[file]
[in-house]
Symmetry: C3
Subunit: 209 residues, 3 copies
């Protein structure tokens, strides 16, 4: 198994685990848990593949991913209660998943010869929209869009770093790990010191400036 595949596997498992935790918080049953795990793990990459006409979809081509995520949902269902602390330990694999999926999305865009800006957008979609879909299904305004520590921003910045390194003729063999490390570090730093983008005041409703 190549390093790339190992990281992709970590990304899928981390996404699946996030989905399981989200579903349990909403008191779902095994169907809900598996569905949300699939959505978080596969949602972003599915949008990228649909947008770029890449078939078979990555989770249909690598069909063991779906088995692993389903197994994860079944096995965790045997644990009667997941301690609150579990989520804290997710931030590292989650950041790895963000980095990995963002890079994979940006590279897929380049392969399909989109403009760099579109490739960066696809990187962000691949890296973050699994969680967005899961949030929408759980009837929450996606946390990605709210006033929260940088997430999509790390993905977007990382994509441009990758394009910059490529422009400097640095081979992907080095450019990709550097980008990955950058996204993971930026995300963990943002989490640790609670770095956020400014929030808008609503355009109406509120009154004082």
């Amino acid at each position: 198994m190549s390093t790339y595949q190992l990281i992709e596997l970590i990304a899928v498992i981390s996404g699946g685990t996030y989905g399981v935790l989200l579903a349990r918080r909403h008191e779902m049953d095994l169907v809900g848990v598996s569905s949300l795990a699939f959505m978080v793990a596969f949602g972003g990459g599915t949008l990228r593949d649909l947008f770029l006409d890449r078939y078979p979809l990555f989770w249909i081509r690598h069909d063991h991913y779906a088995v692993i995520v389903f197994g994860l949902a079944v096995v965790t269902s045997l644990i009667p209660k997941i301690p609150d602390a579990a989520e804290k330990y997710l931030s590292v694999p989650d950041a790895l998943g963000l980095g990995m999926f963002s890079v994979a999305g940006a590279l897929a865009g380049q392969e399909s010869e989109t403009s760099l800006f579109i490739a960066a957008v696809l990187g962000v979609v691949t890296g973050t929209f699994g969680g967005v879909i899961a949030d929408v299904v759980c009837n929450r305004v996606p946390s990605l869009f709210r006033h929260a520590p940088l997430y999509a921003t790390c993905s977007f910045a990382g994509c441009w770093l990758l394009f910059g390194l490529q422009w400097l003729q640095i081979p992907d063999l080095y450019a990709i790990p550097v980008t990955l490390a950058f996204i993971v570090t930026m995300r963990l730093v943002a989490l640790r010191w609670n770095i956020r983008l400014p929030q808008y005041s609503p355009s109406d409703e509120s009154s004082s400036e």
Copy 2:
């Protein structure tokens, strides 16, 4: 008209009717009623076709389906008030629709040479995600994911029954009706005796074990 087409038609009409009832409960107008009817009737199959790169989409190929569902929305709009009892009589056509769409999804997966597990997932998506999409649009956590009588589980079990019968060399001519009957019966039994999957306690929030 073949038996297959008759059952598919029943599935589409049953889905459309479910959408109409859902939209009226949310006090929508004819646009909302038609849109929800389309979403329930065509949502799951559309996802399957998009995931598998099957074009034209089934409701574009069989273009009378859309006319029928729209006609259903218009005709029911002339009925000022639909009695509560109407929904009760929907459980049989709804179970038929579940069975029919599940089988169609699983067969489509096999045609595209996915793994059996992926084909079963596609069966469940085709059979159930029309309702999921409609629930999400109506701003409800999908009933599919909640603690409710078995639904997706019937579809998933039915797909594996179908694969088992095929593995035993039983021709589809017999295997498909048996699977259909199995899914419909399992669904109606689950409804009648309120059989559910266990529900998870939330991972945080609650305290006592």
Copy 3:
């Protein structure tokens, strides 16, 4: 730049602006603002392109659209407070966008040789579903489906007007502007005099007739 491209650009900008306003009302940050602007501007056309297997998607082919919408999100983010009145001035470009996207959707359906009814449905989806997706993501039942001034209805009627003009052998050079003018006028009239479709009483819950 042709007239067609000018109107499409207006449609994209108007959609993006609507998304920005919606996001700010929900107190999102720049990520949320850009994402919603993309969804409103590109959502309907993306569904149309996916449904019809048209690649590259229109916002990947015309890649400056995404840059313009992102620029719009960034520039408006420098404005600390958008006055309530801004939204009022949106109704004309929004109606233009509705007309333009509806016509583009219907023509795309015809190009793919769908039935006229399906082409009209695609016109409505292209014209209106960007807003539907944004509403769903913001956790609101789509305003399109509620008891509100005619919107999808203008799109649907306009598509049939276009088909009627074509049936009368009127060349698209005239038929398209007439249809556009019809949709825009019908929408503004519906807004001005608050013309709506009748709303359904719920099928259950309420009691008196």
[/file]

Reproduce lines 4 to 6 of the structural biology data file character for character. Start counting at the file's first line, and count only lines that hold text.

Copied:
């Protein structure tokens, strides 16, 4: 198994685990848990593949991913209660998943010869929209869009770093790990010191400036 595949596997498992935790918080049953795990793990990459006409979809081509995520949902269902602390330990694999999926999305865009800006957008979609879909299904305004520590921003910045390194003729063999490390570090730093983008005041409703 190549390093790339190992990281992709970590990304899928981390996404699946996030989905399981989200579903349990909403008191779902095994169907809900598996569905949300699939959505978080596969949602972003599915949008990228649909947008770029890449078939078979990555989770249909690598069909063991779906088995692993389903197994994860079944096995965790045997644990009667997941301690609150579990989520804290997710931030590292989650950041790895963000980095990995963002890079994979940006590279897929380049392969399909989109403009760099579109490739960066696809990187962000691949890296973050699994969680967005899961949030929408759980009837929450996606946390990605709210006033929260940088997430999509790390993905977007990382994509441009990758394009910059490529422009400097640095081979992907080095450019990709550097980008990955950058996204993971930026995300963990943002989490640790609670770095956020400014929030808008609503355009109406509120009154004082």
């Amino acid at each position: 198994m190549s390093t790339y595949q190992l990281i992709e596997l970590i990304a899928v498992i981390s996404g699946g685990t996030y989905g399981v935790l989200l579903a349990r918080r909403h008191e779902m049953d095994l169907v809900g848990v598996s569905s949300l795990a699939f959505m978080v793990a596969f949602g972003g990459g599915t949008l990228r593949d649909l947008f770029l006409d890449r078939y078979p979809l990555f989770w249909i081509r690598h069909d063991h991913y779906a088995v692993i995520v389903f197994g994860l949902a079944v096995v965790t269902s045997l644990i009667p209660k997941i301690p609150d602390a579990a989520e804290k330990y997710l931030s590292v694999p989650d950041a790895l998943g963000l980095g990995m999926f963002s890079v994979a999305g940006a590279l897929a865009g380049q392969e399909s010869e989109t403009s760099l800006f579109i490739a960066a957008v696809l990187g962000v979609v691949t890296g973050t929209f699994g969680g967005v879909i899961a949030d929408v299904v759980c009837n929450r305004v996606p946390s990605l869009f709210r006033h929260a520590p940088l997430y999509a921003t790390c993905s977007f910045a990382g994509c441009w770093l990758l394009f910059g390194l490529q422009w400097l003729q640095i081979p992907d063999l080095y450019a990709i790990p550097v980008t990955l490390a950058f996204i993971v570090t930026m995300r963990l730093v943002a989490l640790r010191w609670n770095i956020r983008l400014p929030q808008y005041s609503p355009s109406d409703e509120s009154s004082s400036e």
Copy 2: